Lewis and Clark Were Just a Couple of Guys Copying French Notes...#SorryNotSorry
Updated: Jun 27, 2020
Okay, fellow Americans: how many of you learned about the epic exploration story of Lewis and Clark in history class? Probably most of you, if you were even paying attention.
From what you remember (or after a quick Google search), you’d find the story of Meriweather Lewis and William Clark and how they were recruited by President Thomas Jefferson to find a passage to the Pacific. This is where the story we know comes in when Lewis and Clark begin their adventure, later joined by Sacagawea, a young Native American woman who became their guide: their one and only guide...right?
Not quite. As with most American history, there’s always the fine print that doesn’t make the final cut into our history textbooks.
According to historian Denis Vaugeois, there’s a French-Canadian contribution to the famous expedition that was left out of the historical account.
Vaugeois wrote an article titled, “The French Canadian Contribution to the Lewis and Clark Expedition: Taking the Measure of a Continent,” that recounts the names of the forgotten French-Canadians that aided Lewis and Clark in their quest prior to meeting Sacagawea.
So first off, you’re probably wondering how French-Canadians, our neighbors of the great north, trekked down to the then not-so-habitable United States without dying of dysentery.
Well, it goes a little something like this:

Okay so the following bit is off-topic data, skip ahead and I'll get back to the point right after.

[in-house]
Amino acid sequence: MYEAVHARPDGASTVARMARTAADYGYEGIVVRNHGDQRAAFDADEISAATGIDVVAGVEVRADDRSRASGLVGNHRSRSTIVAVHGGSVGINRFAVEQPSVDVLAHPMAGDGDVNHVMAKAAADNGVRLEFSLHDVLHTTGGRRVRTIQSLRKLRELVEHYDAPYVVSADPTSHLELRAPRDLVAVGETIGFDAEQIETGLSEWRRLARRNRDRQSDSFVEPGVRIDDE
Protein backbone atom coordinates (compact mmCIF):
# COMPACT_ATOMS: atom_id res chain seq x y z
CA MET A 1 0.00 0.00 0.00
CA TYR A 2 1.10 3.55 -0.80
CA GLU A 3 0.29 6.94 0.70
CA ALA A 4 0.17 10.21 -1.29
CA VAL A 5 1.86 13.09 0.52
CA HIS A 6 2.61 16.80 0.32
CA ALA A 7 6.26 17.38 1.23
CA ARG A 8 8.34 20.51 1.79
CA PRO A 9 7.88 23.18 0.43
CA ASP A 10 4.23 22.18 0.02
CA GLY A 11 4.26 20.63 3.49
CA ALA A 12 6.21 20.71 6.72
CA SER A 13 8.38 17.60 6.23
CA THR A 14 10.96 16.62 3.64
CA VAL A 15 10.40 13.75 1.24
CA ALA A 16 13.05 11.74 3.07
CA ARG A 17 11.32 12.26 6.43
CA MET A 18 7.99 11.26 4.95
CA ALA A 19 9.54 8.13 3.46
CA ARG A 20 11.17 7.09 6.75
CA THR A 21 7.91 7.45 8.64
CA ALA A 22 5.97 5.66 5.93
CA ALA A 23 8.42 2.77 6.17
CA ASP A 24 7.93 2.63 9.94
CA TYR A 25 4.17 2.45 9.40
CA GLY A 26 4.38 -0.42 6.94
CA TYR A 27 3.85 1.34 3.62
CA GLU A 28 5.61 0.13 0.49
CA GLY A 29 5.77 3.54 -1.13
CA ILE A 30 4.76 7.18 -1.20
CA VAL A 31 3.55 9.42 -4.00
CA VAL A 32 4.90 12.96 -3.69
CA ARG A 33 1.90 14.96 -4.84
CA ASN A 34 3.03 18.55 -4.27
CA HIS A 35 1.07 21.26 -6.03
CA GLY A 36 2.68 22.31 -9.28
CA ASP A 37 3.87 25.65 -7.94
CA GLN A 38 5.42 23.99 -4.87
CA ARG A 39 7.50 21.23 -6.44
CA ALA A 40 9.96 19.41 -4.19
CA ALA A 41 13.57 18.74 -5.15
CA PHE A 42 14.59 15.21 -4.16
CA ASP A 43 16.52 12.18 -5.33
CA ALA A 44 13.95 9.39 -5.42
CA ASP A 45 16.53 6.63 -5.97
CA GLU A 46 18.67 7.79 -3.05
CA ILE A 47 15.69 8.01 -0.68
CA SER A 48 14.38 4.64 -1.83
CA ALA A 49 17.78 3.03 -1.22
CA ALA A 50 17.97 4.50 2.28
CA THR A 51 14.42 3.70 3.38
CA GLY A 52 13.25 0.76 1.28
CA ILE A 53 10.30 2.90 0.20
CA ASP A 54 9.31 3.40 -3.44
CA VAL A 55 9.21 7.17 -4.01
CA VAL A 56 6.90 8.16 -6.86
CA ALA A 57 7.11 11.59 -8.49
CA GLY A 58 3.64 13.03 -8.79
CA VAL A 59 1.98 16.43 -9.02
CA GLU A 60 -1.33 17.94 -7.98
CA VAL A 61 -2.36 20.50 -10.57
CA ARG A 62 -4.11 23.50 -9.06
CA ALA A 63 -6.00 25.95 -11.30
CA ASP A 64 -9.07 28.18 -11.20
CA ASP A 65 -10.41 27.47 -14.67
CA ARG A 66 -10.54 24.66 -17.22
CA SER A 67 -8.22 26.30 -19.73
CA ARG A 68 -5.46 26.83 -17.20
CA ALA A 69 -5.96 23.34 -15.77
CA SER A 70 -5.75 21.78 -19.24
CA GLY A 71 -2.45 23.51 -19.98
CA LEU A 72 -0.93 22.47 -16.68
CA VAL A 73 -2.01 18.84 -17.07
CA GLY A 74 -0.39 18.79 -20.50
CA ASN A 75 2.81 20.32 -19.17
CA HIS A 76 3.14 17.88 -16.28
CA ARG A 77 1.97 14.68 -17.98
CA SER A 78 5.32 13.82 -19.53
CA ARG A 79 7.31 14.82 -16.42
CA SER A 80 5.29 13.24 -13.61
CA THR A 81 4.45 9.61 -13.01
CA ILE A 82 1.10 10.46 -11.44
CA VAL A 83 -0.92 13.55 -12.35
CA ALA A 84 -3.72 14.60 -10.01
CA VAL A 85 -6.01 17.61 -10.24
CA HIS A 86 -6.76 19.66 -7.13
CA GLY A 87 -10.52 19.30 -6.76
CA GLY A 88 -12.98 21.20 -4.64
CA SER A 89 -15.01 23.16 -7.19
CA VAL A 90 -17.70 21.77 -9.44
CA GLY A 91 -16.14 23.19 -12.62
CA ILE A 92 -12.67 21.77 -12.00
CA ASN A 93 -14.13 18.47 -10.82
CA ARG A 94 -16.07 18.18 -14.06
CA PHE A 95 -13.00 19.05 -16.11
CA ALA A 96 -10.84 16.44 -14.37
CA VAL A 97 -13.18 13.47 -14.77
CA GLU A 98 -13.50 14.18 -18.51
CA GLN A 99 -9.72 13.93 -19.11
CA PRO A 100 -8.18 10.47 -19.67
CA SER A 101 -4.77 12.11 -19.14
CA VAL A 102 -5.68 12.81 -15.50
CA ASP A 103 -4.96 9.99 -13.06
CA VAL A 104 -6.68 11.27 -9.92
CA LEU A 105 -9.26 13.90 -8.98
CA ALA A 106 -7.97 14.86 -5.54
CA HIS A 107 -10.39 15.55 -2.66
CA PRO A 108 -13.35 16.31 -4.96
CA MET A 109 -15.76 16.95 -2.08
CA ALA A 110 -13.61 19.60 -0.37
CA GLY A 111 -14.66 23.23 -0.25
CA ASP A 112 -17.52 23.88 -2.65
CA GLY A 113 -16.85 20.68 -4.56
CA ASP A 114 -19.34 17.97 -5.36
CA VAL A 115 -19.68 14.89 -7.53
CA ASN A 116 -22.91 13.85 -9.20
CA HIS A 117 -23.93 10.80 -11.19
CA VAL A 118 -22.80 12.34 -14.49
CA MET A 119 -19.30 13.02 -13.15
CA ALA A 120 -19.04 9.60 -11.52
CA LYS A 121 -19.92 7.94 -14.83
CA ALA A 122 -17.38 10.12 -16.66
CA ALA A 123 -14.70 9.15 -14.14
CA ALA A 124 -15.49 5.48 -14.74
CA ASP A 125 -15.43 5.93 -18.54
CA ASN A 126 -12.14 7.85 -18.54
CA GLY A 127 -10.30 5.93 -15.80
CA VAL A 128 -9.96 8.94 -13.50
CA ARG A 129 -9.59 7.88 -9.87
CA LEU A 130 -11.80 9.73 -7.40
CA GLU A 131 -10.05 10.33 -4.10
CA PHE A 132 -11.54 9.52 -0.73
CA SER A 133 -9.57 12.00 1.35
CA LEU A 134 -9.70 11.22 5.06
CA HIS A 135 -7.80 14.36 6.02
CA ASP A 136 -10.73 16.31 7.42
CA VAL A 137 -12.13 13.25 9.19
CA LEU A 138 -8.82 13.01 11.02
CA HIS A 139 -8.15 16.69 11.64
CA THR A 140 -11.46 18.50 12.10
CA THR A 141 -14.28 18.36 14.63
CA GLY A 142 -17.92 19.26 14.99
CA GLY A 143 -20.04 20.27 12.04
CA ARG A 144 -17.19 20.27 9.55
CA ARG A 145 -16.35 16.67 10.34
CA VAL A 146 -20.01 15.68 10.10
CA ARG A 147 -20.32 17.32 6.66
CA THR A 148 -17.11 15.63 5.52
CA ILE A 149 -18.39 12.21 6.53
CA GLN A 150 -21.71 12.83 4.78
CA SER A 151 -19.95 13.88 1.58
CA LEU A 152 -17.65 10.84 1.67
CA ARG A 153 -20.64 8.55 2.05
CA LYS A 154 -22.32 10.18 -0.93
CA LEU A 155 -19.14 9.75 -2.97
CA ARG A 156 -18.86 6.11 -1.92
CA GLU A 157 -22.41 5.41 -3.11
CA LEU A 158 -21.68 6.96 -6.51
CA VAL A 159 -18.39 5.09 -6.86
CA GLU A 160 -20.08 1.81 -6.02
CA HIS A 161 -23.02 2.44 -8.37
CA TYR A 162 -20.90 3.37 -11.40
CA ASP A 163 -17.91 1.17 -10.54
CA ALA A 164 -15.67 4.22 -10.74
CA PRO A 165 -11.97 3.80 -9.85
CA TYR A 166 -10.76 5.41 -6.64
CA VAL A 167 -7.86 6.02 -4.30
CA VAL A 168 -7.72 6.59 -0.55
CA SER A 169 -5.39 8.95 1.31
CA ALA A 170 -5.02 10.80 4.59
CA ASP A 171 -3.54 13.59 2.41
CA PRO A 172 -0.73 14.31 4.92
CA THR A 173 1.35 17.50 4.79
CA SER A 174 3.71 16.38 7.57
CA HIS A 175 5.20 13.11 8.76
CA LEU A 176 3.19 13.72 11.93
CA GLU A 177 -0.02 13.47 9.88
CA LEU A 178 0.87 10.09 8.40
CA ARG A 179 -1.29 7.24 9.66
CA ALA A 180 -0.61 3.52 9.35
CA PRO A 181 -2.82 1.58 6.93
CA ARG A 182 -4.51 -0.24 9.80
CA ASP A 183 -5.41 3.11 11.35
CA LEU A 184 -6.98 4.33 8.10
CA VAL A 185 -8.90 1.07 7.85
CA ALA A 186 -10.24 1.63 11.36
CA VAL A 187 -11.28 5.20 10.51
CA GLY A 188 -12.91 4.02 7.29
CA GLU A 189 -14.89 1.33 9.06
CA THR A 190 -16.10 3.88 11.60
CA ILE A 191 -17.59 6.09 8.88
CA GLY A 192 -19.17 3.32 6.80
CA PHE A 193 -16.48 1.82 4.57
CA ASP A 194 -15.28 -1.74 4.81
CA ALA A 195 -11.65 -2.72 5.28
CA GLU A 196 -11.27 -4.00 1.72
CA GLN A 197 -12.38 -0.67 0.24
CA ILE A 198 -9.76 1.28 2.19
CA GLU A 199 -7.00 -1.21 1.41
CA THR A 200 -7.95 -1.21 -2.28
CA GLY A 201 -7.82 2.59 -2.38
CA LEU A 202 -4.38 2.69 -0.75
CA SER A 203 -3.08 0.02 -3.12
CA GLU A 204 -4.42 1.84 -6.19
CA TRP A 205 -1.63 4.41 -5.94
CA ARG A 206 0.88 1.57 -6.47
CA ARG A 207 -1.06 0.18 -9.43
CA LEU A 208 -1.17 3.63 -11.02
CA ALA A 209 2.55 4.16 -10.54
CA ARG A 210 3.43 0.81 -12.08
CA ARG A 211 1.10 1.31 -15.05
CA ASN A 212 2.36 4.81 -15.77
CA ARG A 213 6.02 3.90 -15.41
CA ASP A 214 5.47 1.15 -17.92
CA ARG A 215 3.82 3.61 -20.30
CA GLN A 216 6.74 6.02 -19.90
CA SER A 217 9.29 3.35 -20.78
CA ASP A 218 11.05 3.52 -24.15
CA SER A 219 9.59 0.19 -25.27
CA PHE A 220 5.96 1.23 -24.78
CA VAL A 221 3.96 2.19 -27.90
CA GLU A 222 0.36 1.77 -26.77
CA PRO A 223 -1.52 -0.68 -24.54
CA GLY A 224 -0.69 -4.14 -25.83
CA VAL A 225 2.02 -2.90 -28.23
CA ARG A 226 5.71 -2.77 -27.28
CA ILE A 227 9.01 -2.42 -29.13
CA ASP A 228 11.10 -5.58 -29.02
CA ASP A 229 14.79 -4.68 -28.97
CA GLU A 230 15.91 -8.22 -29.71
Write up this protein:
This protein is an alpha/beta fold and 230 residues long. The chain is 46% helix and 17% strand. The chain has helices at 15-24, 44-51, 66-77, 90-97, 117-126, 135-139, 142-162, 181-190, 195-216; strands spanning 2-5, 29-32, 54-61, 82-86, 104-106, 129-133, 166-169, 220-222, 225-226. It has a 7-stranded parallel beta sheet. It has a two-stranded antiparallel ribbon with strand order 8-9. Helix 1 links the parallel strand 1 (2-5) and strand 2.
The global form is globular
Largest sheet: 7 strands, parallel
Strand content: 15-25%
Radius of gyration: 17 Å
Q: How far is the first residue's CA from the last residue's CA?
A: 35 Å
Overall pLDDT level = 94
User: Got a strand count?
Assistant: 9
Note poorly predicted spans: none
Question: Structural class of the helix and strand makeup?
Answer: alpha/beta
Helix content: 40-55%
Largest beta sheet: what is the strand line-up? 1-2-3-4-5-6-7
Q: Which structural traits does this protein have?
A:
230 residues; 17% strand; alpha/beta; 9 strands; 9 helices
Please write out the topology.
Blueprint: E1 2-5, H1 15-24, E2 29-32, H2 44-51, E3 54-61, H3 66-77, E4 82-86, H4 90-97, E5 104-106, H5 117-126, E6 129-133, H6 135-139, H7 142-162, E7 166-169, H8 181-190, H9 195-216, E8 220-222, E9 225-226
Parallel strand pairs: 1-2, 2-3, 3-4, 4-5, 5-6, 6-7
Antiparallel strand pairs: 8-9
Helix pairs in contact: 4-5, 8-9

“At the beginning of the 18th Century, North America was essentially under French control. Over the centuries, hundreds of voyageurs, trappers, and explorers from New France crisscrossed North America to trade furs, conduct official missions or seek adventure,” Vaugeois said in his article.
The French-Canadian explorers and settlers were described by travelers as being “everywhere,” even in the middle of nowhere, back when most of America was already the middle of nowhere.
At that time, these French were known as “Canadiens” and were farmers, laborers, or traveled around and swapped sweet beaver pelts in the fur trade.
From 1803-04, Lewis and Clark prepared for their expedition by studying maps with a basic outline of the area west of the Mississippi River that they would be checking out for the first time, where those travel-savvy French-Canadians had already settled.
The photo above is a depiction of a Canadien fur trapper, circa the early 1800s.
They were kind of busy after the British "conquest" of 1763 when they hopped from the east side of the Mississippi to the west, and then they went ahead and founded a few places in the state of Missouri: Cape Girardeau, Sainte Genevieve, and Saint Louis.
But back to Lewis and Clark. They recruited Georges Drouillard, a Métis born of a French-Canadian father, as a guide. Drouillard had already done his own share of exploring, so he knew what challenges they might face. He convinced them to expand the team, which only consisted of some soldiers and Clark’s black slave, York.
The Flag of St. Louis is super French. Why? Lewis and Clark? Nope.